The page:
Saturday,22 September, 2018
Current issue | Issue 1181, (23 - 29 January 2014)
Saturday,22 September, 2018
Issue 1181, (23 - 29 January 2014)

Ahram Weekly

Increased social benefits

The government has increased social solidarity pensions by 50 per cent in an attempt to alleviate the financial burdens on low-income people, writes Mona El-Fiqi

Al-Ahram Weekly

Social solidarity pensions, mainly directed to families with no other source of income, are to be increased from LE300 per month for a five-member family to LE450 a month, the government has said. The surge in the pensions will cost the state LE1.2 billion, according to Prime Minister Hazem Al-Beblawi.
Hani Mehanna, spokesperson of the Ministry of Social Solidarity, said that the beneficiaries of social solidarity pensions were currently estimated at around 1.4 million families. He added that more studies were being conducted to determine those eligible for the support.
The government has also decided to form a ministerial committee including the deputy prime minister and the ministers of social solidarity, supply, administrative development, finance and planning together with the secretary-general of the Social Fund for Development in a bid to strengthen Egypt’s social safety net.
The committee will suggest ways of improving the state social safety net as well as monitoring the implementation of these policies.
However, experts are not completely happy with the moves. Hamdi Abdel-Azim, former chairman of the Sadat Academy for Administrative Sciences, told Al-Ahram Weekly that while the increase aimed at improving the living standards of the poor, the modesty of the increase would make it hard to achieve its aim.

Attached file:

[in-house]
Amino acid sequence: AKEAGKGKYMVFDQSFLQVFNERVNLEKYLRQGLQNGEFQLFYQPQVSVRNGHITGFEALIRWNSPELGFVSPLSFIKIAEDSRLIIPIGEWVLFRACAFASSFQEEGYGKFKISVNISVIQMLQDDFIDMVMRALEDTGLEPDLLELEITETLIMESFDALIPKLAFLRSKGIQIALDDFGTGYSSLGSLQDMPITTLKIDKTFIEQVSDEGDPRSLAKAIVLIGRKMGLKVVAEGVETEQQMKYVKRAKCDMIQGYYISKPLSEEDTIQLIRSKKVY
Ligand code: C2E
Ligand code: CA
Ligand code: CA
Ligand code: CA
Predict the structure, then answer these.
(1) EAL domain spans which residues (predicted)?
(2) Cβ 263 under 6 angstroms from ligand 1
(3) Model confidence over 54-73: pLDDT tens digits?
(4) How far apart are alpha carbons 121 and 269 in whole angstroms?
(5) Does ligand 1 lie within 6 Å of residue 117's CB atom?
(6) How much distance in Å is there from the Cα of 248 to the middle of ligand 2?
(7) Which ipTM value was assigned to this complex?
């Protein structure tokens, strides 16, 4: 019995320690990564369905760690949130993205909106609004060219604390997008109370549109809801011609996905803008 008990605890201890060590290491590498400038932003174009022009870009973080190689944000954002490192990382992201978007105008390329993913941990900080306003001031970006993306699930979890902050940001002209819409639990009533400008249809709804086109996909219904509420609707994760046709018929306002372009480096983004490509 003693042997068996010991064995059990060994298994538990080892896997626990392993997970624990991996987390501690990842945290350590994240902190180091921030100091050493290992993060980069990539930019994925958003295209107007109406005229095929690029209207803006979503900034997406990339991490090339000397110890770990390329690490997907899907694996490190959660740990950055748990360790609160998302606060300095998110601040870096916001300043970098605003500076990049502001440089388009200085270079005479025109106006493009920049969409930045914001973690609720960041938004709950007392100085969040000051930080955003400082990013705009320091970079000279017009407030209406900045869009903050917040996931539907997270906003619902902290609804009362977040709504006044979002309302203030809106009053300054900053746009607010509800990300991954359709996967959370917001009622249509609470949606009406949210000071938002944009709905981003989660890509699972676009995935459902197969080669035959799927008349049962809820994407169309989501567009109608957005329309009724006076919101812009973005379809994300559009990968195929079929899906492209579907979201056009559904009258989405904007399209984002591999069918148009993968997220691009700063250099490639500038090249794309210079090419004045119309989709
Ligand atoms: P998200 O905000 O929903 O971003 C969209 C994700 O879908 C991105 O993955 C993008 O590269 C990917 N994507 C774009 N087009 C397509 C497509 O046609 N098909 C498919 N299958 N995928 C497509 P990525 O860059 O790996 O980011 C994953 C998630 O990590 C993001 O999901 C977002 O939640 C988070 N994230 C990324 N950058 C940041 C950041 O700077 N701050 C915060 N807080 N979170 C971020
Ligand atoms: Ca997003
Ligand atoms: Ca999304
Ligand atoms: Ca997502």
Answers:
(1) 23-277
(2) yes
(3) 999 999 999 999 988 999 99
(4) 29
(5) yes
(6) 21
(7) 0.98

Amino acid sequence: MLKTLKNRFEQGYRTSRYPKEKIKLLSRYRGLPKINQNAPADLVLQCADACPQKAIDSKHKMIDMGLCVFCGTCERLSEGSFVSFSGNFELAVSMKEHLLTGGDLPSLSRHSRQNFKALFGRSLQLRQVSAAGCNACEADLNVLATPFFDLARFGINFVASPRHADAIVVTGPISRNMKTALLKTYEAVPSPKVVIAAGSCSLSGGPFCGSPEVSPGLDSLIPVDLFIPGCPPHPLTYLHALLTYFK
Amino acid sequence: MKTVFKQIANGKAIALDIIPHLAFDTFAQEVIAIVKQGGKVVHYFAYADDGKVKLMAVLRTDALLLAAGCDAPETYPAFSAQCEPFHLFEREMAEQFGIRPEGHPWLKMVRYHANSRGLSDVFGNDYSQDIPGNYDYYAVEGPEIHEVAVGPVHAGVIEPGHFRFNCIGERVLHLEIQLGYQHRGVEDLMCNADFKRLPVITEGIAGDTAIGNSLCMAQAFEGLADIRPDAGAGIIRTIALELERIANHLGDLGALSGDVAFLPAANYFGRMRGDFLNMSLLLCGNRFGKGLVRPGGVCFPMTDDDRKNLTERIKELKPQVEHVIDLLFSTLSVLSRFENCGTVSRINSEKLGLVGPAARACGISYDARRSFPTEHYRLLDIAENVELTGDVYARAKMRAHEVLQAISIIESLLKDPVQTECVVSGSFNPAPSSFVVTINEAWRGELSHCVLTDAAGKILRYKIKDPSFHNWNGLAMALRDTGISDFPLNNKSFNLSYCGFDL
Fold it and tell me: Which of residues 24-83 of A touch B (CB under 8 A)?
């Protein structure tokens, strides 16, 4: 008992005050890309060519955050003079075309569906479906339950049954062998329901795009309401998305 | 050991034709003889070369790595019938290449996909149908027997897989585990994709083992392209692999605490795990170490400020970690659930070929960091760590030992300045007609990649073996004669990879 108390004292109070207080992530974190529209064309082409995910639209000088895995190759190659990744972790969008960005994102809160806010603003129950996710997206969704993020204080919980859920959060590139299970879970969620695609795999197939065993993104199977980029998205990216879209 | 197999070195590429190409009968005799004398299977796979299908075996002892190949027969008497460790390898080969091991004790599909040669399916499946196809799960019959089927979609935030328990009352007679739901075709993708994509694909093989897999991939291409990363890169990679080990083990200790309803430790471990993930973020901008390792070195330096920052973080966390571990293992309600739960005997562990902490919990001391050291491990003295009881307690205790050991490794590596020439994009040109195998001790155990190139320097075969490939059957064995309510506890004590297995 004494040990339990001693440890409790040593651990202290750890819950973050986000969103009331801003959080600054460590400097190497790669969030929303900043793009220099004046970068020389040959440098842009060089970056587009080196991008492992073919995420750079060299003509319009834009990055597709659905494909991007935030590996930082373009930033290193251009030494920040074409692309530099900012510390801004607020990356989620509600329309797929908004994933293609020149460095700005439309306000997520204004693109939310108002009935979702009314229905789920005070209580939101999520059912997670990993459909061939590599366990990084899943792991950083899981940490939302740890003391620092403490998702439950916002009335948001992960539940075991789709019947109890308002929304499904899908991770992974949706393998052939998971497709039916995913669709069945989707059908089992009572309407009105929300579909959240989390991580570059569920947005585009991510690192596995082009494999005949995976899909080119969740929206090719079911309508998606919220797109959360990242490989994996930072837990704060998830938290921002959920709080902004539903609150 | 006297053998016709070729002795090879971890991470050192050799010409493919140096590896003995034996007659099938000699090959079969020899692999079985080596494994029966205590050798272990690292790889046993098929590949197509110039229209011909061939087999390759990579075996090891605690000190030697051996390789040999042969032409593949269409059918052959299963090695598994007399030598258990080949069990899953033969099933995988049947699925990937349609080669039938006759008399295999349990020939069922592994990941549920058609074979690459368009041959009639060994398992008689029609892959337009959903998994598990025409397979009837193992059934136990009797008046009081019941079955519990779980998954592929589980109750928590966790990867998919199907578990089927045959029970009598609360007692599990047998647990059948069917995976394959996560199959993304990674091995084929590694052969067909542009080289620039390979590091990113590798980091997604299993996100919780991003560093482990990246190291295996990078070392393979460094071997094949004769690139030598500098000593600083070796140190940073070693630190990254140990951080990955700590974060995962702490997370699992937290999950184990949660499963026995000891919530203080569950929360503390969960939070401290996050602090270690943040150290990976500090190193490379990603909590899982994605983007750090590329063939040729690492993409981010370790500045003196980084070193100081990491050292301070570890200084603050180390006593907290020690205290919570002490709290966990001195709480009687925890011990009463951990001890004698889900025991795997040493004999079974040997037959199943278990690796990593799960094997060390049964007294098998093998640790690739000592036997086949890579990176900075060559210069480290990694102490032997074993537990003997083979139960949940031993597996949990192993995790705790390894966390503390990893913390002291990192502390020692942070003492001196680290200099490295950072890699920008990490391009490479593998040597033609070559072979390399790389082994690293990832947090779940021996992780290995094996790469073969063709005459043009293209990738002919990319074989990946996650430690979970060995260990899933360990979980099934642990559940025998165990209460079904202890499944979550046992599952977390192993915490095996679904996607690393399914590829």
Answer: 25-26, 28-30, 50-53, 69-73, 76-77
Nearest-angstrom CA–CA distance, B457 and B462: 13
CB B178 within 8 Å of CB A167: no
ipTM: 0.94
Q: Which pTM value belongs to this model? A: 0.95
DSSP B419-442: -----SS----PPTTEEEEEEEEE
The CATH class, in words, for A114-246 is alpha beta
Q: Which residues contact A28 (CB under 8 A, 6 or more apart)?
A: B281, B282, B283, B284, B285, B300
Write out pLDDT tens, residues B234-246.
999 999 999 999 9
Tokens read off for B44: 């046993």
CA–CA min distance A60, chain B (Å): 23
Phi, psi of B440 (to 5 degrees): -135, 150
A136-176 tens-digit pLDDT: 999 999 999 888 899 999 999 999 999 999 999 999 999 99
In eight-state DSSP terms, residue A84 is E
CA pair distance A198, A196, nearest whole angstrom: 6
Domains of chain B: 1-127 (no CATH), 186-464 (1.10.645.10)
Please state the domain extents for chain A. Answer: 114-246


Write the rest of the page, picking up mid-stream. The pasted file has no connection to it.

“LE450 is not enough to cover an individual’s needs for a month, let alone those of a whole family,” he said.
However, Abdel-Azim admitted that the government was facing a dilemma and that any additional increases in the pensions would not be financially feasible since the state could not take on extra burdens.
“The increase in the minimum wage to LE1,200 will cost the budget LE9 billion, in addition to another LE9 billion for the annual bonus for public-sector employees. Pensioners are also supposed to get a 10 per cent regular annual bonus in January,” he said.
Another factor limiting further increases in the social solidarity pension was the fact that any increase would feed inflation. Additional purchasing power fed into the local market would not be met by an increase in production, Abdel-Azeem said.
Refaat Al-Said, head of the economic committee of the leftist Tagammu Party was also dissatisfied with the government’s decision. “The government is trying to deceive the public by making such decisions, while in fact nothing is being achieved,” he said.
How could a family live on LE450 per month if the minimum wage set by the government was LE1,200, he asked.
“If the government does not put forward inclusive policies to achieve social justice, it should be prepared for a third revolution from the poor,” Al-Said said.    
To pacify the social unrest, Al-Beblawi’s interim government, which came to power last July, has set a minimum wage for public-sector employees and decided in October to increase the pensions of public-sector workers by 10 per cent.
Another initiative of the sort was the exempting of state school students from paying tuition fees this year, a cost that will cost the state budget LE700 million, according to the minister of education.

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